Red Dot Optics
The SIG P320 X Carry comes cut for a red dot out of the box, so it’s very simple to install. The downside is that you are not going to have the ability to run a rear sight on the gun simultaneously. The SIG ROMEO optic series, which is what most people are mounting on these guns, do have rear sights built into them, but it’s not as effective as a traditional rear sight and has a very shallow notch. There are companies making aftermarket mounting plates that have a rear sight milled into them if you want to add a dot like a Trijicon RMR. The guns from the factory come set up for Leupold DeltaPoint Pro and SIG ROMEO series dots.
Make sure to do your research on the specific gun you have, as SIG has made a lot of variations when it comes to their red dot cut. Some guns accept both the old SIG ROMEO pattern, while others only accept the brand new Leupold. It’s a mess. SIG has made a bunch of rolling changes, and it’s impossible to tell which your gun will be set up for unless you check the serial number and call SIG directly so they can verify what optic will go with your gun.
When looking at the HK VP9, we’ll be focusing on the 2020 red dot optic model. With this particular gun, you’re going to have to buy adapter plates to mount a red dot. They come cut from the factory to accept a red dot but don’t have the mounting plates. From HK’s standpoint, this saves a bit on the cost of the gun, but it adds a little bit after the fact on the customer side. I should also note that the VP9 2020 iron sights may or may not co-witness depending on the red dot you mount, which could add even further expense.
While the classification of these two guns is the same their controls are not. We take an in-depth look at all the controlls.
Trigger: Buyer’s Preference
The triggers on these guns are quite different. The SIG P320 X Carry has a flat trigger with light take-up before the wall, and then you’re going to start to feel creep before you get somewhat of a rolling break. It’s a decent striker-fired trigger, but it’s not great and doesn’t feel that clean. Considering the SIG P320 X Series is SIG’s performance line, you’d expect the trigger to be a little bit cleaner. There are a lot of aftermarket options you can get to improve the trigger if you end up going with this one.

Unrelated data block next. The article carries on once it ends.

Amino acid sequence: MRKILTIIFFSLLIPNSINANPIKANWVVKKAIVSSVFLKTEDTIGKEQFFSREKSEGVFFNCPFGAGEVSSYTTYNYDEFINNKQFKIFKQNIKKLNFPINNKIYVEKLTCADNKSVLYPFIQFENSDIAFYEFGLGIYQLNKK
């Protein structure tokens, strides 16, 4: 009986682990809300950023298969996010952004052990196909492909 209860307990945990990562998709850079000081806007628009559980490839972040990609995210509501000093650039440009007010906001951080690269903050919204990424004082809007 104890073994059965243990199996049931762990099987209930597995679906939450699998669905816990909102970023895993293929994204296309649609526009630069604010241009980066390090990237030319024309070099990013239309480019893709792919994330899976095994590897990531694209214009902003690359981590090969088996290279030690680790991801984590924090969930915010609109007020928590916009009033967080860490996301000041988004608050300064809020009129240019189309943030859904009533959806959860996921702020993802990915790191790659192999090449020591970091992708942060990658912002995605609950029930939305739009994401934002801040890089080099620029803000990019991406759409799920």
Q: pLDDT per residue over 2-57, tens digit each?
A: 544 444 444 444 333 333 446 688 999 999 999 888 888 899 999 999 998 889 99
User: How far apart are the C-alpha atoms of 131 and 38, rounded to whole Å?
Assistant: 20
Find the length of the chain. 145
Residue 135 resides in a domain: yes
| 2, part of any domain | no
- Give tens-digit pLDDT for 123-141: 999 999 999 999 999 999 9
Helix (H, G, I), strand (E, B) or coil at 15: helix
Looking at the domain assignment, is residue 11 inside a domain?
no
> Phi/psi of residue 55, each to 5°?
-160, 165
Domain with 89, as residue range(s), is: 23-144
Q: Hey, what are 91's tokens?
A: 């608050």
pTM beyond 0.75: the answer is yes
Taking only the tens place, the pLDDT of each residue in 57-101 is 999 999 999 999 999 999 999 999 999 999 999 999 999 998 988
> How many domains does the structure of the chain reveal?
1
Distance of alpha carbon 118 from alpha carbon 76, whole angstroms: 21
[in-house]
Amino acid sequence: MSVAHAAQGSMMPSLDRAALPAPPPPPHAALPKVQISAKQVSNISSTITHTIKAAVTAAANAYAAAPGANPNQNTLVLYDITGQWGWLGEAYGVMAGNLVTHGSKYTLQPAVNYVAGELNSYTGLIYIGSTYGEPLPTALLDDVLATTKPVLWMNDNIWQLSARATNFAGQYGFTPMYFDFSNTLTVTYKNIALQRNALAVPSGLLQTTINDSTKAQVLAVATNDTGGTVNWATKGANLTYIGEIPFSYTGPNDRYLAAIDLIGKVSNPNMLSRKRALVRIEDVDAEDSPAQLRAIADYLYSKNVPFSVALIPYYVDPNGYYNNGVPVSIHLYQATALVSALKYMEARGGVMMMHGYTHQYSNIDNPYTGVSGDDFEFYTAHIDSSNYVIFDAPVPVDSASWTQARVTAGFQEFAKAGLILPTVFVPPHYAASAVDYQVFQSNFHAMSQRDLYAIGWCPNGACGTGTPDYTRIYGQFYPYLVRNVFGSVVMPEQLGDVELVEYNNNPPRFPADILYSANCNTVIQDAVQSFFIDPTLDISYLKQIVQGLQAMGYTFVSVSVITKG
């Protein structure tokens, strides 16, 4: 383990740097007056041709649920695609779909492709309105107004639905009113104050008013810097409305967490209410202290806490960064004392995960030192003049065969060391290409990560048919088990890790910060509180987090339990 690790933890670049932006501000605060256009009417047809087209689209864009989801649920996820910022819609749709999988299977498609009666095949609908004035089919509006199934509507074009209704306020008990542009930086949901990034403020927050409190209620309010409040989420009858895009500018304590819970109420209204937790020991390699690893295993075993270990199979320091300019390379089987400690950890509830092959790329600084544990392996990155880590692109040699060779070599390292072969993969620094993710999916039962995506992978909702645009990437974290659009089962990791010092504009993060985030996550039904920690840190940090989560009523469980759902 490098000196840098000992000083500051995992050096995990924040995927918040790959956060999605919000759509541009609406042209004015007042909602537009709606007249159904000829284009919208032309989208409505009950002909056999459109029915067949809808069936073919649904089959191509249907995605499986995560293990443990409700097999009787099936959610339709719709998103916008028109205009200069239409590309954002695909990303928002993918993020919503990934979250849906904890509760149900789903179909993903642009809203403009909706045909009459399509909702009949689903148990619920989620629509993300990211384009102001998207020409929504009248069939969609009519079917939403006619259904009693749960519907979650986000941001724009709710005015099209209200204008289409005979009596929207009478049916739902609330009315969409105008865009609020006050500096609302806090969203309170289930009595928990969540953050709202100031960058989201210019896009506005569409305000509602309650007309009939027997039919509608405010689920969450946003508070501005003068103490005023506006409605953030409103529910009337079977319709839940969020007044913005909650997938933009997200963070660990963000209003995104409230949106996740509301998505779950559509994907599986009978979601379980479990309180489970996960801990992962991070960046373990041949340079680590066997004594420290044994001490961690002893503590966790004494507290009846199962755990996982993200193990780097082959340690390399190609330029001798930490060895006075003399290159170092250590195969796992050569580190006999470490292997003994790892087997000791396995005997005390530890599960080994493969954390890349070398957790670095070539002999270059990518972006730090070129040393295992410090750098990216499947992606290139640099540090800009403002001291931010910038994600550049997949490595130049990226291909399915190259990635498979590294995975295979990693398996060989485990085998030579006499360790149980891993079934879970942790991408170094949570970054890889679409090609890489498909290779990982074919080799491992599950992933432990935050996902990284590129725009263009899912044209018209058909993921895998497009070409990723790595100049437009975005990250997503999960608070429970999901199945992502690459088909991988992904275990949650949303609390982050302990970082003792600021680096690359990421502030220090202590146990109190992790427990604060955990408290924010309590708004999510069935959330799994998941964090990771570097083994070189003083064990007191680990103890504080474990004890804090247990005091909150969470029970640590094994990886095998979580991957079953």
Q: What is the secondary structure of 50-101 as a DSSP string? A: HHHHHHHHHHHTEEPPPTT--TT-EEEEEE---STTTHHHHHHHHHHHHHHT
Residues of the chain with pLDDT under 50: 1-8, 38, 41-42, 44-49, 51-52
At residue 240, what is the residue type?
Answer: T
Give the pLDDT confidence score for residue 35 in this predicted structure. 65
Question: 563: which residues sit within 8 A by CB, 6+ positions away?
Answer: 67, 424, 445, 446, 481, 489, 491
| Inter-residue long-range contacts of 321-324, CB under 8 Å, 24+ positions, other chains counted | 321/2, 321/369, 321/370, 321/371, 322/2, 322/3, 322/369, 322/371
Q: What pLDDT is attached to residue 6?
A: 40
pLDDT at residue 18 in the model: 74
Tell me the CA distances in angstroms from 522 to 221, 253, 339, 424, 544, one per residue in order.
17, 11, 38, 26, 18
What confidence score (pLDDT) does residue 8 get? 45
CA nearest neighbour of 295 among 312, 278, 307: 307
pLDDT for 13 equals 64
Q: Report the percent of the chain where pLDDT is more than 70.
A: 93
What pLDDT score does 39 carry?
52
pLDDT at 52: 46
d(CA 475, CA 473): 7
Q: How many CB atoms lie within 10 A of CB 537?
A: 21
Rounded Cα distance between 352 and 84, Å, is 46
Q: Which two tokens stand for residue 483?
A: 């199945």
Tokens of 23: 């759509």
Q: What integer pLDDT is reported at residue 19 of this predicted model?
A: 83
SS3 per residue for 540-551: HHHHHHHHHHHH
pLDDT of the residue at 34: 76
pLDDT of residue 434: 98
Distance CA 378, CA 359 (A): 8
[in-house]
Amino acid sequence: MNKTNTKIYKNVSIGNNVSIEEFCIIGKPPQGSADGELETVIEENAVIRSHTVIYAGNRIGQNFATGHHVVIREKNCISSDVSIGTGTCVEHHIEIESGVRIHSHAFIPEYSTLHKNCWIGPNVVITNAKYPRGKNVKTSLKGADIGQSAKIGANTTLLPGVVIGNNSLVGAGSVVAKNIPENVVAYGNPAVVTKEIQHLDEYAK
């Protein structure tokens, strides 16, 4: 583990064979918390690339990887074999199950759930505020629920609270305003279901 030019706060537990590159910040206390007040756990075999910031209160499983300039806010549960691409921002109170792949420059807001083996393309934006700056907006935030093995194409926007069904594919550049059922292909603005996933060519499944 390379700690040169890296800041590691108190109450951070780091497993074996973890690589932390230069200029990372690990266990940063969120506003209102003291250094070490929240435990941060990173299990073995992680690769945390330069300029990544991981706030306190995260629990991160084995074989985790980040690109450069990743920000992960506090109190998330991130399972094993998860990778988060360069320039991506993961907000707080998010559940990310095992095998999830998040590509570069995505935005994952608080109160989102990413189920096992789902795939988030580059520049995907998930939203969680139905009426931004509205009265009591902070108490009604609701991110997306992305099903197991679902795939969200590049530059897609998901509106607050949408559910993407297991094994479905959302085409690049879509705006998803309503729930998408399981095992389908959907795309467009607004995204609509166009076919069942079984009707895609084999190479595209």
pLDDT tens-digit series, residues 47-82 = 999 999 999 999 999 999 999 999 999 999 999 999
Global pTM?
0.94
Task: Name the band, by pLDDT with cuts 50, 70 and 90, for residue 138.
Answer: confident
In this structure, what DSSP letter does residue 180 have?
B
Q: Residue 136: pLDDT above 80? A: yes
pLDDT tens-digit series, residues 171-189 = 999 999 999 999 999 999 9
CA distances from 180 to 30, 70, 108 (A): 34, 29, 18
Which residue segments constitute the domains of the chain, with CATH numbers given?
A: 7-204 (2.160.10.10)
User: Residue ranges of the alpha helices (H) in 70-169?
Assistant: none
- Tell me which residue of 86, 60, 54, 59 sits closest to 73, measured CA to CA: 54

The trigger on the HK VP9 also has light take-up before the wall, but you get a clean and heavier break after that. Honestly, it’s a very clean-feeling trigger, but I actually prefer the SIG to this one. It doesn’t feel as good or clean in dry fire, but it performs very well and I’m a big fan of a rolling break. Again, this is going to be up to personal preference and it just depends on what you’re looking for.
The slide locks on both of these guns stem from mediocre designs in my opinion. The HK VP9 is excellent if you’re specifically looking for a recessed slide lock, but that recess makes it harder to access and I really don’t think that’s necessary. HK could have pushed the slide lock out just a bit and it would have been a lot more accessible while not adding bulk to the gun. If you’re an ambi user, both guns can work for you. The X Carry slide lock is a little bit sharper and less comfortable to use than the HK VP9, but that’s not a deal-breaker.
Magazine Release SIG P320 X Carry vs HK VP9
The companies took completely different approaches here when it came to the magazine release. Now, HK does offer an HK VP9 variant called the “B model” with a standard magazine release, but I don’t have one of those to compare today. The SIG P320 has a standard push-button-style release that can be reversed for both right- or left-handed users. It’s easy to reach, and I can reach it without having to break my grip. People with smaller hands will likely have to break their grip, though. Simply put, it works well for what it is.
The HK VP9, on the other hand, has a paddle-style release that is truly a work of art. You’re going to have to break your grip when releasing the magazine on this gun, but it’s almost worth it, in my opinion. It doesn’t slow things down in the long run. The paddle-style release can be activated with your thumb, trigger finger, or middle finger, so there are a lot of options for how you want to manipulate the firearm with a really classy design.
If you like to be a little bit eccentric with your firearm features, you’re probably going to like the HK VP9 vs. the SIG P320 X Carry which is well-executed but somewhat boring.
There is no comparison on the magazine well of these guns. That’s because only one of them has any type of bevel. The SIG P320 X Carry has a slight bevel on the bottom of the magazine well which does its job. While the HK VP9 has nothing of the sort. The SIG P320 X Carry is only bested by the Gen5 Glocks in this category.